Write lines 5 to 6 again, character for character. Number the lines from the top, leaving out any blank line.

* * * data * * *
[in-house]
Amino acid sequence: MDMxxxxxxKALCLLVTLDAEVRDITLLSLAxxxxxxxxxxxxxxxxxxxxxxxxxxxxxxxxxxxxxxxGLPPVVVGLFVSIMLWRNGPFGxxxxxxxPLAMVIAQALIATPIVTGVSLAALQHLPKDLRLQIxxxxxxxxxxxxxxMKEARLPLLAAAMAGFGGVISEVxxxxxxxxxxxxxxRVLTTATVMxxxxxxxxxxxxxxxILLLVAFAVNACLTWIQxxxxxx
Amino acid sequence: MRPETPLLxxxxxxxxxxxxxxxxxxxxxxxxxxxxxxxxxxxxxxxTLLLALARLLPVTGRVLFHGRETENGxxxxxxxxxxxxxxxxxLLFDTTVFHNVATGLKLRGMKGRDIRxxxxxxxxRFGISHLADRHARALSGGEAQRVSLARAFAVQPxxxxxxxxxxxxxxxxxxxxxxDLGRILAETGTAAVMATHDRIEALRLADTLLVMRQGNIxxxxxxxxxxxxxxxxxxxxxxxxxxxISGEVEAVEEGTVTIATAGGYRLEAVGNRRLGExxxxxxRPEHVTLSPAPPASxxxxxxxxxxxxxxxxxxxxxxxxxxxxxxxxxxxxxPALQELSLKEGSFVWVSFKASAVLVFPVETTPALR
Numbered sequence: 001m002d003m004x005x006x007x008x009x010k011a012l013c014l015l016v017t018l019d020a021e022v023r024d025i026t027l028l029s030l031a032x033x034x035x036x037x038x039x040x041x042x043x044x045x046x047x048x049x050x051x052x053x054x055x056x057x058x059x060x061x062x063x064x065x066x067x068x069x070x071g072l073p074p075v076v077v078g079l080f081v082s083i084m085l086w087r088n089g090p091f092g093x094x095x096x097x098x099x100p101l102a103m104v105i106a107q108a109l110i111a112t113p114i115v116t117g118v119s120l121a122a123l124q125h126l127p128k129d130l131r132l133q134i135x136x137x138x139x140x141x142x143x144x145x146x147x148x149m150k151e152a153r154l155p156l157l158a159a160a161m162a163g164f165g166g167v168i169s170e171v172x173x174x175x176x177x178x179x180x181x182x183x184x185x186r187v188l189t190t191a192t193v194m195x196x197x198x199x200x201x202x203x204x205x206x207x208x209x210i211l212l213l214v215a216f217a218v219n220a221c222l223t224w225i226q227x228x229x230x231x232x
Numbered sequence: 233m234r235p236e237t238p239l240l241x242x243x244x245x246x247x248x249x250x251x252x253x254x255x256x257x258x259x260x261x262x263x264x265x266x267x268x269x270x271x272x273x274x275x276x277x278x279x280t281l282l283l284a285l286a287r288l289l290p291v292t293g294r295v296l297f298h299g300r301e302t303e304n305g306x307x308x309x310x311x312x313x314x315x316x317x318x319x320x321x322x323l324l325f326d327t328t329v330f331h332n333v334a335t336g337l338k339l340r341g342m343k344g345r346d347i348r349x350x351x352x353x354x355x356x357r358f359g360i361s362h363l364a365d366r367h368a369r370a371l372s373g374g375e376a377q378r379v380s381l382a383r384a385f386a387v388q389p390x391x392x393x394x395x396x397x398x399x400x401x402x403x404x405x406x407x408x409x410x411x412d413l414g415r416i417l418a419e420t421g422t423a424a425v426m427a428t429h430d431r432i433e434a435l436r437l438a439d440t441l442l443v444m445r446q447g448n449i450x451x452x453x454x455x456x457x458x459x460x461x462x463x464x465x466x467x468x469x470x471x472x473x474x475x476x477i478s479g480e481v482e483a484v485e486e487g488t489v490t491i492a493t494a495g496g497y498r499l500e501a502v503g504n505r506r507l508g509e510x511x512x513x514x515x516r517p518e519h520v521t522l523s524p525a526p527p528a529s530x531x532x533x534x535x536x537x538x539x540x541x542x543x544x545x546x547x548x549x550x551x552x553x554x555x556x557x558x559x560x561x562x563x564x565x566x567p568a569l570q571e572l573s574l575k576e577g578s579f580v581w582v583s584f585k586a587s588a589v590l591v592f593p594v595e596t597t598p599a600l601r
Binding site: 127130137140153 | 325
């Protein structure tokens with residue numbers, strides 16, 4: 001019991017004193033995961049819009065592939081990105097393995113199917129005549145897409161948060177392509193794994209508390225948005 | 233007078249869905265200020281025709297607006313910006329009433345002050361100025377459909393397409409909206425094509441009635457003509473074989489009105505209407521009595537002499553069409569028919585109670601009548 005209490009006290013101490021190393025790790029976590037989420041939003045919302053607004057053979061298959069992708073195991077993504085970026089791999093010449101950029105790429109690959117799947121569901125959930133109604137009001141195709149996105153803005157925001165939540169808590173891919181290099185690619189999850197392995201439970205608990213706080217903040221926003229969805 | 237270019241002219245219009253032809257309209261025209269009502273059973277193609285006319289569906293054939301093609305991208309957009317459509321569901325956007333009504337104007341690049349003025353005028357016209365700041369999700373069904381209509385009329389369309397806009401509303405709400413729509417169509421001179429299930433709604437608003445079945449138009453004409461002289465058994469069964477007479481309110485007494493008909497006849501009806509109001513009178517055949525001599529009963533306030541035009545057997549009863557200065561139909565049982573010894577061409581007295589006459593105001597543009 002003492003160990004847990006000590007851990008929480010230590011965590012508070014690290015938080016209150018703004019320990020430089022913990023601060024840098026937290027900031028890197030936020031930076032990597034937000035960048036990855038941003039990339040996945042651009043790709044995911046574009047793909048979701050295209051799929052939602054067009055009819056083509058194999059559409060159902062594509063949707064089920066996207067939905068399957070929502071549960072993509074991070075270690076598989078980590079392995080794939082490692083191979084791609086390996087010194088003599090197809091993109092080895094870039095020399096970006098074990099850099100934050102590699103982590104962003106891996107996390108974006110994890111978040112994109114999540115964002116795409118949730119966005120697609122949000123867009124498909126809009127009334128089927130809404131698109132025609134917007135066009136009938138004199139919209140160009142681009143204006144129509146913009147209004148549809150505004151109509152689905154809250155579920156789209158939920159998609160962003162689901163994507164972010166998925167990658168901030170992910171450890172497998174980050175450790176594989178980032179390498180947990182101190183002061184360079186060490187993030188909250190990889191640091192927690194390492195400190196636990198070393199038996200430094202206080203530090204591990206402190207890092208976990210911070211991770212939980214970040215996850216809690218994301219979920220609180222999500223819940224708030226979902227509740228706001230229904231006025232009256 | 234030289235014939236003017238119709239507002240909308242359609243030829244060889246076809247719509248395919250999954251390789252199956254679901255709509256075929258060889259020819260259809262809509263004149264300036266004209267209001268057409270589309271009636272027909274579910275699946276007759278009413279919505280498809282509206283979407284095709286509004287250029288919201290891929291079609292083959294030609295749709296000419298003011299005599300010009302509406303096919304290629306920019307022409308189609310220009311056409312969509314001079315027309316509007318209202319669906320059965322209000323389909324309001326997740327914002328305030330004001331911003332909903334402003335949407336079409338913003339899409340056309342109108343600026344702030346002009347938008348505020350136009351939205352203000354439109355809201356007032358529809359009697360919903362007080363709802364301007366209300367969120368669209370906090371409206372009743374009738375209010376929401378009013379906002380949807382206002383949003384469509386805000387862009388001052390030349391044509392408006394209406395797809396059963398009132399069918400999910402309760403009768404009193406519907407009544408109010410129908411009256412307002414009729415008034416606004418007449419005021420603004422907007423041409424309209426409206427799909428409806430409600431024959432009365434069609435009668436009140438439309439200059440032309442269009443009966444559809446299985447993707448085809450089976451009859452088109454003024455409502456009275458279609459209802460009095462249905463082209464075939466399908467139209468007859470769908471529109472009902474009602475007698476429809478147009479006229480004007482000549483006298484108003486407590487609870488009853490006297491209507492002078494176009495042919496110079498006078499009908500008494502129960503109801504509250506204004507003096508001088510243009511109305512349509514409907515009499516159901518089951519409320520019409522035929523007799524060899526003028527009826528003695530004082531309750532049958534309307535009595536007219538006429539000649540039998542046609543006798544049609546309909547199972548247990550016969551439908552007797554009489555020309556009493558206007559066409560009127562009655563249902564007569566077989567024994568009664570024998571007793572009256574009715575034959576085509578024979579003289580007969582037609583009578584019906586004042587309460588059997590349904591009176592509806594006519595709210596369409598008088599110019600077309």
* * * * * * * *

Numbered sequence: 233m234r235p236e237t238p239l240l241x242x243x244x245x246x247x248x249x250x251x252x253x254x255x256x257x258x259x260x261x262x263x264x265x266x267x268x269x270x271x272x273x274x275x276x277x278x279x280t281l282l283l284a285l286a287r288l289l290p291v292t293g294r295v296l297f298h299g300r301e302t303e304n305g306x307x308x309x310x311x312x313x314x315x316x317x318x319x320x321x322x323l324l325f326d327t328t329v330f331h332n333v334a335t336g337l338k339l340r341g342m343k344g345r346d347i348r349x350x351x352x353x354x355x356x357r358f359g360i361s362h363l364a365d366r367h368a369r370a371l372s373g374g375e376a377q378r379v380s381l382a383r384a385f386a387v388q389p390x391x392x393x394x395x396x397x398x399x400x401x402x403x404x405x406x407x408x409x410x411x412d413l414g415r416i417l418a419e420t421g422t423a424a425v426m427a428t429h430d431r432i433e434a435l436r437l438a439d440t441l442l443v444m445r446q447g448n449i450x451x452x453x454x455x456x457x458x459x460x461x462x463x464x465x466x467x468x469x470x471x472x473x474x475x476x477i478s479g480e481v482e483a484v485e486e487g488t489v490t491i492a493t494a495g496g497y498r499l500e501a502v503g504n505r506r507l508g509e510x511x512x513x514x515x516r517p518e519h520v521t522l523s524p525a526p527p528a529s530x531x532x533x534x535x536x537x538x539x540x541x542x543x544x545x546x547x548x549x550x551x552x553x554x555x556x557x558x559x560x561x562x563x564x565x566x567p568a569l570q571e572l573s574l575k576e577g578s579f580v581w582v583s584f585k586a587s588a589v590l591v592f593p594v595e596t597t598p599a600l601r
Binding site: 127130137140153 | 325